Music and the charismatic 'Mac'

Fawcett School
©Ian Brook

‘Mac’ was charismatic

When I was a pupil at Fawcett School, at around the age of eleven, Mr Mckinnon, sometimes daringly called ‘Mac’ to his face, taught some of us to attempt to play the violin. At one point, he also invited us to audition for a place in the Brighton Boys’ Choir. I seem to remember that the audition involved simply standing up and singing. Mac was charismatic and lots of boys wanted to join in.

Another world

Being in the Brighton Boys’ Choir was an introduction to another world. First, we did not realise that pupils from other schools were part of the choir. The standing joke with Mac, when things got a bit shrill, was ‘don’t Fawcett, boys’. We thought this was hilarious. It was, too. Fawcett School was normally devoid of any sort of humour. 

Did you attend here? Do you remember ‘Mac’? Share your memories by posting a comment below

Visiting different venues

The world that opened up to us was travelling, if only in a limited way. We were taken to older people’s homes, in and around the Brighton and Hove area, to Chailey Heritage and – across the road from school – to St Peter’s Church. For children, like us, who hardly went anywhere, this was great excitement.  So was singing in a choir. The other great thing about the Brighton Boys’ Choir was our learning about other sorts of music. One of my favourite pieces was Franck’s Panis Angelicus. The fact that we didn’t know what we were singing about made no difference to the beauty of singing it. 

Comments about this page

  • The photo for this piece makes Fawcett look like a long-term institution. And that’s exactly what it was. 

    By Philip Burnard (12/09/2015)
  • I was at Fawcett from 1959 to 1963. Mac was  my music teacher and I was one of the ones he taught the  violin, which I still have, and can still get a tune from at a push. I played with the Sussex Youth Orchestra and would love to hear from anyone who remembers me. I was mates with Graham Martin,  Derek Keates, David Newman,  Sergio Papadopoulas and Vitor Heal whose father had the amusements by the Aquarium. Cheers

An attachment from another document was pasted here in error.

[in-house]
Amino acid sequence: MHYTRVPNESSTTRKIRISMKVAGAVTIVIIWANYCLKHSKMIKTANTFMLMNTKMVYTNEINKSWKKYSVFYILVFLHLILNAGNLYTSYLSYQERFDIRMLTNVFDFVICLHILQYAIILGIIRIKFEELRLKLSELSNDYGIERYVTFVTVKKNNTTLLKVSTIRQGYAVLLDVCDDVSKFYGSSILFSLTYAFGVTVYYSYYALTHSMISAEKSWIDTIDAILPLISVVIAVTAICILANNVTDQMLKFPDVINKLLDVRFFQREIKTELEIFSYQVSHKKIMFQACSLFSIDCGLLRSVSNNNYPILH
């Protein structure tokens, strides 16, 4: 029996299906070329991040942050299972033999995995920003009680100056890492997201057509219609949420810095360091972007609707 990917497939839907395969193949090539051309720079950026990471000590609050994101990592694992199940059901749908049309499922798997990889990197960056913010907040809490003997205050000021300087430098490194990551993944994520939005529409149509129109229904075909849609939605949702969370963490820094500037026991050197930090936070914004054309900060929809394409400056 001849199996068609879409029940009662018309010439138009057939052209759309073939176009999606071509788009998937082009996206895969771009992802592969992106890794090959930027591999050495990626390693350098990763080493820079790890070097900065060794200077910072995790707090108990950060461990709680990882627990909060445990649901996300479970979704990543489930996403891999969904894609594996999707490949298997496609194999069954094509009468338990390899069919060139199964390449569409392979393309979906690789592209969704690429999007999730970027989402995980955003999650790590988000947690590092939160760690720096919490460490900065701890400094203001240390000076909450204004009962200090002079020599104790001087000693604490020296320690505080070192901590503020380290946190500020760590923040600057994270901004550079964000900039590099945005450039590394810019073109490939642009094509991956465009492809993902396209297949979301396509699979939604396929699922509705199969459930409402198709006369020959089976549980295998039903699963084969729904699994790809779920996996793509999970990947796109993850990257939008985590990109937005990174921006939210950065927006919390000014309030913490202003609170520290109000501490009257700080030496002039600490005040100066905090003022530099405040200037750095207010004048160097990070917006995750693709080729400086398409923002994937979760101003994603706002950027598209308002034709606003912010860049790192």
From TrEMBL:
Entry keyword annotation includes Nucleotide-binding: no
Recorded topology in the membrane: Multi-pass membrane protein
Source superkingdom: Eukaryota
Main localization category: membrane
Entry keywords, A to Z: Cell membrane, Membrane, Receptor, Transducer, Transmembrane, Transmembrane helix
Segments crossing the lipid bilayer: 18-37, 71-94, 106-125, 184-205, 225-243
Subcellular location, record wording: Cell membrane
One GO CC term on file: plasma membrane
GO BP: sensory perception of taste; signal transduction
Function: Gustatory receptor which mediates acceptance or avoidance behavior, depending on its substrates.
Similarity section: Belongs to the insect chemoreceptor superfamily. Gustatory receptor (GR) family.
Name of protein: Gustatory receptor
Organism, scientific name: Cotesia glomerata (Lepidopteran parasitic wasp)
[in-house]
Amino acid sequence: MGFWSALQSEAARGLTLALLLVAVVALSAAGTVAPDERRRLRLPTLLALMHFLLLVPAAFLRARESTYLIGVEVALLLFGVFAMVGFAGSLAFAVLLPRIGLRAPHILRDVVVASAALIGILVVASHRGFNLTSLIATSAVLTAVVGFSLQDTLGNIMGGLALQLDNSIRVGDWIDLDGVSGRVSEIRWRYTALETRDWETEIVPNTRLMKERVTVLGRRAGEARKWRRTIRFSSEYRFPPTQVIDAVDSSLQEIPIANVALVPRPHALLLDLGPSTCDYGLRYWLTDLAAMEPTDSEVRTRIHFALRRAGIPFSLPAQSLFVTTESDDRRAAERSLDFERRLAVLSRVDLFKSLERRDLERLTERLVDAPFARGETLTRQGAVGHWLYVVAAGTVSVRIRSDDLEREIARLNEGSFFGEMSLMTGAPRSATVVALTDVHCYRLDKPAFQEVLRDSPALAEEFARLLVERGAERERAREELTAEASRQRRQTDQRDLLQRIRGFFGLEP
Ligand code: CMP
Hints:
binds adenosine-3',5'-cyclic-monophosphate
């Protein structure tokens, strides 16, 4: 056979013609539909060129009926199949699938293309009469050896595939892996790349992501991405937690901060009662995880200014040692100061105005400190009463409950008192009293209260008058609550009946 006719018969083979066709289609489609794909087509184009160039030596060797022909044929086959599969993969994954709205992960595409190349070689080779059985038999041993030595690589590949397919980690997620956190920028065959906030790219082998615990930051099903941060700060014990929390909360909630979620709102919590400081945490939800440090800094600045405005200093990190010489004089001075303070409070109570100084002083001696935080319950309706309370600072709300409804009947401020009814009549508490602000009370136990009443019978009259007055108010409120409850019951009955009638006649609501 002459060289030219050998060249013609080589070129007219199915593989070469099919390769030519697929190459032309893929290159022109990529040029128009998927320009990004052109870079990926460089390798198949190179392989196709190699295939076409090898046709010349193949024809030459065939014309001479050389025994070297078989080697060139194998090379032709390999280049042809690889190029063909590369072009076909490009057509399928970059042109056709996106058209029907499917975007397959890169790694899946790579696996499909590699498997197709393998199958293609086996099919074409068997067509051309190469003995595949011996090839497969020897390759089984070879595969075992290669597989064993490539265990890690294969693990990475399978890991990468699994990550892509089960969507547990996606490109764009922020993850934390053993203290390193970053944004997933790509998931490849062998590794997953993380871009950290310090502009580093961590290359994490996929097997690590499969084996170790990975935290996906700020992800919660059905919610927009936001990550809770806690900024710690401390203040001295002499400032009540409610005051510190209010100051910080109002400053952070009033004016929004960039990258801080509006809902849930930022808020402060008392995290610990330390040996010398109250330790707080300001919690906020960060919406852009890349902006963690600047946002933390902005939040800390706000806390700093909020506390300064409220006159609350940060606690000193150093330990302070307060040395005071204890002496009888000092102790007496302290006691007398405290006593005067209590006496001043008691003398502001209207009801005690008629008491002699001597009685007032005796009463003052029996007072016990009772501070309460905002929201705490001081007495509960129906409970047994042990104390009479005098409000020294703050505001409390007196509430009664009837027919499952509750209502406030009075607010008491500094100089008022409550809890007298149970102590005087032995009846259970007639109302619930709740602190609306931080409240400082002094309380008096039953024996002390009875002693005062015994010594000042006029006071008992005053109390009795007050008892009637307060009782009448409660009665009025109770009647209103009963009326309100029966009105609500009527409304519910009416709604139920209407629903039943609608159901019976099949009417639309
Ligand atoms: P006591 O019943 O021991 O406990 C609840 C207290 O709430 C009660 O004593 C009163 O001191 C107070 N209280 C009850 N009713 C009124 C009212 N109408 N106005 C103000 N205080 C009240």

By Peter Rogers (13/09/2015)
  • My memories of Fawcett, 1958 to 1962, are generally good, certainly nostalgic; I recognize all of the names in Peter’s comment above and would like to make contact with them; other names I recall are Robert Bleach, ? Killian, Mathew? a Canadian lad? Cisco; we were all in form 4C in 61-62. A few of our teachers showed interest and care, like Bill (Wilf) Benson; unfortunately most of them were obviously unhappy and  gave little of themselves – such as our ‘militant’ history teacher, ‘arrogant’ carpentry teacher and ‘disinterested’ technical drawing teacher. Despite this, I received a good basic education and did well after five years of tertiary education. I left Brighton and have lived in Africa for almost 50 years.

    By Leon Bradley (21/01/2016)
  • I was at Fawcett from 1961 to 1963 when I took the 13+ exam and went to Varndean.  There was nothing “secondary” at all about Fawcett’s education and, except for not having to study Latin, in all other subjects at Varndean, a Fawcett education never left me lacking at all.  In fact in Physics (Mr Silverman), French (Monsieur Servelle and Mr Tolhurst), English (Deputy head Sam……???) and English Lit (the Navy guy who loved to slipper misbehavers) and Geography (Jazz Bolton) I was well ahead of my Varndean classmates.
    I have many very happy memories of my time at Fawcett.  Admittedly break time in the playground could be a bit of a challenge for a 12 year old what with wandering bullies looking for fresh victims, but class time was great – at least it was for me.  I do remember a David Rose (probably two or three years older than me) who beat me up and tore off my two-week-old inoculation scar with his transistor radio because I dared to drink my ? pint of milk when he told me that the whole crate was his. I’ve never been one to tolerate bullies like that.
    My education at Fawcett was great and stood me in good stead for a life at Varndean and subsequently university in London and then Columbia University in New York.  I left England in 1978 and have lived and worked in the US ever since.  Living in Phoenix, Arizona – despite our whacko state politics and the bizarre national circus that passes for an election campaign.

    By Phil Allsopp (01/06/2016)
  • Hi Phil.  The navy guy you refer to was Des Moore who was my form master when I attended Fawcett and yes I got that slipper a couple of times and it sure did hurt for five minutes. He was a great guy though and we exchanged letters when I was serving overseas with the army in 65.

    By Roger Ivermee (02/06/2016)

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